Trump’s Blackwater pardons are the latest sign Iraqi lives don’t matter to Americans

It is facile to condemn Trump, but do the lives of Iraqi civilians matter as much, or at all, for most of those who will condemn this pardon? Iraqi lives certainly didn’t matter at all for the George W. Bush-era hawks who beat the drums of the war and supported it, and who have since rebranded themselves as part of the resistance in the Trump era. Iraqi lives didn’t matter for all the liberal pundits and scribes who joined the war chorus as they, too, parroted variations on the official narrative before and during the war from their platforms.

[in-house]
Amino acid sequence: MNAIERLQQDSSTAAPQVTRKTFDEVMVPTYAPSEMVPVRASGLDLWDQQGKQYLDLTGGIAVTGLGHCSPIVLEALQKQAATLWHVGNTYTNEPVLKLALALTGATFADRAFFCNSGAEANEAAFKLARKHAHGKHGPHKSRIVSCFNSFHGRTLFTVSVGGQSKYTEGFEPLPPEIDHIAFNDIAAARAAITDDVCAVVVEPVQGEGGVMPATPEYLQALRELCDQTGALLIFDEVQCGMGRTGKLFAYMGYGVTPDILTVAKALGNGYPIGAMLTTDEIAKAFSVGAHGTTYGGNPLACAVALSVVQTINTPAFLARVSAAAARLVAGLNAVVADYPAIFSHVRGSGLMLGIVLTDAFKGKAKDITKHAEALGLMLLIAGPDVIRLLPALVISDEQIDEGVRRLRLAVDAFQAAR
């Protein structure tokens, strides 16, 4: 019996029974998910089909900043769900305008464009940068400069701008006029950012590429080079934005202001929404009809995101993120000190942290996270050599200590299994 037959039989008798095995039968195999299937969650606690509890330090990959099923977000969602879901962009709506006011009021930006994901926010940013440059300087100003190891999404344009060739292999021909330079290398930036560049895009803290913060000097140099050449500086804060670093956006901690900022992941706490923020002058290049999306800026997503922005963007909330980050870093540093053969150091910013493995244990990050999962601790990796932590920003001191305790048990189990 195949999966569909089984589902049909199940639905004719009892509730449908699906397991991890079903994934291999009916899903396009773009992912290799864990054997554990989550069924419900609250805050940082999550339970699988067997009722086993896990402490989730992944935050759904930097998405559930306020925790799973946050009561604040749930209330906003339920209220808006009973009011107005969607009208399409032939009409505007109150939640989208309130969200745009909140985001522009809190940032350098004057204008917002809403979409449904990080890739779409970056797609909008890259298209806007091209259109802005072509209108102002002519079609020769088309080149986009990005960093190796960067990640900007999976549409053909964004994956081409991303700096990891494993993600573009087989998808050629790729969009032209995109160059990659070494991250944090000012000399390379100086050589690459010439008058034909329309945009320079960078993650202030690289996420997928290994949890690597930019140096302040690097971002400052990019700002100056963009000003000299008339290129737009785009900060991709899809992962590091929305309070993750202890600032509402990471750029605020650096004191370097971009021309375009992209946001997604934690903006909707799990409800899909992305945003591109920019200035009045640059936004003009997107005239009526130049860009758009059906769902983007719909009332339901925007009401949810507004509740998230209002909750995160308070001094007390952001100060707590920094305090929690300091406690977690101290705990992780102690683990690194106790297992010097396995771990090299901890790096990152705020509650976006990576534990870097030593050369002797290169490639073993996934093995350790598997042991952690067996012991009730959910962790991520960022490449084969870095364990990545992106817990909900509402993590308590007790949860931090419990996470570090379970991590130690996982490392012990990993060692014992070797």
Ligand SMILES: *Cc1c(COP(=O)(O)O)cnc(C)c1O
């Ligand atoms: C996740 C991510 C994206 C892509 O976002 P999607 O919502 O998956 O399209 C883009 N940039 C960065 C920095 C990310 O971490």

Most of them had already supported, or turned a blind eye, to what Joy Gordon called an “invisible war.” The U.S and U.K.-imposed sanctions, the cruelest in modern history, had killed hundreds of thousands of Iraqi civilians throughout the 1990s. But it was worth it, as Madeleine Albright infamously said on 60 Minutes.

Whether visible or invisible, waged under a Republican or a Democratic administration, the war’s civilian casualties remain, for all intents and purposes, invisible. Those that briefly make a rare appearance, every now and then, quickly disappear into the vast landscape of American amnesia — a landscape already crowded with other bodies, indigenous and Black, that rarely seem to matter.